The copy we are selling is similar to the one pictured above.
Side One: Mint Minus to Mint Minus Minus*
Side Two: Mint Minus to Mint Minus Minus
- An original copy of Marty's 1963 release boasting rich, sweet Double Plus (A++) sound or close to it throughout - exceptionally quiet vinyl too
- The kind of Tubey Magical, tonally correct, spacious sound on this black text stereo 360 label pressing is nothing less than an audiophile thrill (particularly on side one)
- The only other Robbins record that can hold a candle to this one is Gunfighter Ballads & Trail Songs
- "Robbins performs beautifully, creating a breezy mood that marks one of pop music's better attempts at the genre."
100% Money Back Guarantee on all Hot Stampers
FREE Domestic Shipping on all LP orders over $150
*NOTE: There is a mark that plays 10 times lightly at the start of track 5 on side 1, "Echo Island."
Vintage covers for this album are hard to find in exceptionally clean shape. Most of the will have at least some amount of ringwear, seam wear and edge wear. We guarantee that the cover we supply with this Hot Stamper is at least VG
The Analog sound of this pressing makes a mockery of even the most advanced digital playback systems, including the ones that haven't been invented yet. I'd love to play this for Neil Young so he can see what he's up against. Good Luck, Neil, you're going to need it.
We've been through dozens of Columbia albums from the '60s since we discovered how good the Marty Robbins titles on Columbia can sound. Most of the popular vocal and country albums we play have an overall distorted sound, are swimming in reverb, and come with hard, edgy, smeary vocals to boot.
To find an album with freakishly good sound such as this involves a healthy dose of pure luck. You will need to dig through an awfully big pile of vinyl to uncover a gem of this beauty.
Vocals Are Key
Like any good Elvis or Nat "King" Cole record, the vocal quality that is far and away the most important is that they must be full-bodied, rich and smooth. Without that sound, you might as well be playing a CD. This is precisely what both sides here give you -- Tubey Magical Richness in spades.
Note that the heavy reverb not only sounds right for this music and this era but actually sounds great, the very opposite of the hard, sour, metallic digital reverb that replaced it decades later.
Old and New
This '60s LP has the kind of Tubey Magical Midrange that modern pressings cannot BEGIN to reproduce. Folks, that sound is gone and it sure isn't showing any sign of coming back.
Having done this for so long, we understand and appreciate that rich, full, solid, Tubey Magical sound is key to the presentation of this primarily vocal music. We rate these qualities higher than others we might be listening for (e.g., bass definition, soundstage, depth, etc.). The music is not so much about the details in the recording, but rather in trying to recreate a solid, palpable, real person singing live in your listening room. The better copies have an uncanny way of doing just that.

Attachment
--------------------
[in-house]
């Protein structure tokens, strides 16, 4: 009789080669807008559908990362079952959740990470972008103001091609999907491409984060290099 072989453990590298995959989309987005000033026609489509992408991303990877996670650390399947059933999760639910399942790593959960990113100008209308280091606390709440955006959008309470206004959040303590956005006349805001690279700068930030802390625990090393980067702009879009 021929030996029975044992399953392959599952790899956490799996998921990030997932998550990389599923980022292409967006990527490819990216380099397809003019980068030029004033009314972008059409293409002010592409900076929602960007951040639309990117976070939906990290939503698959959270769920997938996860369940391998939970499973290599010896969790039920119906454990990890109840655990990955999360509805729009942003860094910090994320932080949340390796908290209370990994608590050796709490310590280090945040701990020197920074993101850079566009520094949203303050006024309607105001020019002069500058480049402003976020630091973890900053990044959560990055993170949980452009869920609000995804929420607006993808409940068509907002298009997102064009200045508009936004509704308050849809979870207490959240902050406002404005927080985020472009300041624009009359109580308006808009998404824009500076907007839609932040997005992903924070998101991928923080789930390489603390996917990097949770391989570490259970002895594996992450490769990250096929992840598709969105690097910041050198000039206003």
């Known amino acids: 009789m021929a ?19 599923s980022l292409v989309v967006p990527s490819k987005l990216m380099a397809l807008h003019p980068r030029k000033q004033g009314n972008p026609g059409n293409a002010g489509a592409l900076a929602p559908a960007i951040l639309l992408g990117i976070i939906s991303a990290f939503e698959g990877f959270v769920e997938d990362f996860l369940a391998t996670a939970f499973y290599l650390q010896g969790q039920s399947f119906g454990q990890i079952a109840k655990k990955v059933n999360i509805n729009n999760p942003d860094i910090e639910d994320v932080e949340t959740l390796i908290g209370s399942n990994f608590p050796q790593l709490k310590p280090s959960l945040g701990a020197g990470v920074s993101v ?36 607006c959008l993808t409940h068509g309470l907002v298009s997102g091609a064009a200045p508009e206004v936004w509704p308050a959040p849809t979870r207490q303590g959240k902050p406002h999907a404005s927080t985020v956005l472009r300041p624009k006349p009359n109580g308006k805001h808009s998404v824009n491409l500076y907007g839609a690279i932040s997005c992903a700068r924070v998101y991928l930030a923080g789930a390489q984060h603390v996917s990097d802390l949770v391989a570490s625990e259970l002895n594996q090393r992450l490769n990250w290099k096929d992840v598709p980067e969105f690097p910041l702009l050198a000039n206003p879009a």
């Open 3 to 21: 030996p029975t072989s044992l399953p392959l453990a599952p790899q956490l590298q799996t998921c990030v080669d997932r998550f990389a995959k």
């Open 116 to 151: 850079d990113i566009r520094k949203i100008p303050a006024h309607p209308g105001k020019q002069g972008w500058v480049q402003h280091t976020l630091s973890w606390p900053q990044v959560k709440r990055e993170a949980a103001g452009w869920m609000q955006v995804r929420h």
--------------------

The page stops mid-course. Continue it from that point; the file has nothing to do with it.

If you exclusively play modern repressings of older recordings (this one is now 60 years old), I can say without fear of contradiction that you have never heard this kind of sound on vinyl. Old records have it -- not often, and certainly not always -- but less than one out of 100 new records do, if our experience with the hundreds we've played can serve as a guide.
Skip the Mono
Stick with stereo on this title; the monos aren't worth anybody's time (scratch that: any audiophile's time). If you see one for a buck at a garage sale, pick it up for the music, and then be on the lookout for a nice stereo original to enjoy for the sound.
Mint Minus Minus is about as quiet as any vintage pressing will play, and since only the right vintage pressings have any hope of sounding good on this album, that will most often be the playing condition of the copies we sell. (The copies that are even a bit noisier get listed on the site are seriously reduced prices or traded back in to the local record stores we shop at.)
Those of you looking for quiet vinyl will have to settle for the sound of other pressings and Heavy Vinyl reissues, purchased elsewhere of course as we have no interest in selling records that don't have the vintage analog magic of these wonderful recordings.
If you want to make the trade-off between bad sound and quiet surfaces with whatever Heavy Vinyl pressing might be available, well, that's certainly your prerogative, but we can't imagine losing what's good about this music -- the size, the energy, the presence, the clarity, the weight -- just to hear it with less background noise.
- Lovely Hula Hands
- The Sea and Me
- The Night I Came Ashore
- Echo Island
- Kuu ipo Lani (My Sweetheart, Lani)
- Beyond the Reef
- The Hawaiian Wedding Song
- Drowsy Waters (Wailana)
- Hawaiian Bells
- My Wonderful One
- Blue Sand
- Hawaii's Calling Me
- The Hawaiian Wedding Song
Marty Robbins clearly felt great affinity for the music of Hawaii, and the 28 tracks on this collection contain some of his finest and most evocative singing. Although the venture wasn't commercially successful, and the music occasionally suffers the intrusion of schmaltzy Nashville production, Robbins performs beautifully, creating a breezy mood that marks one of pop music's better attempts at the genre.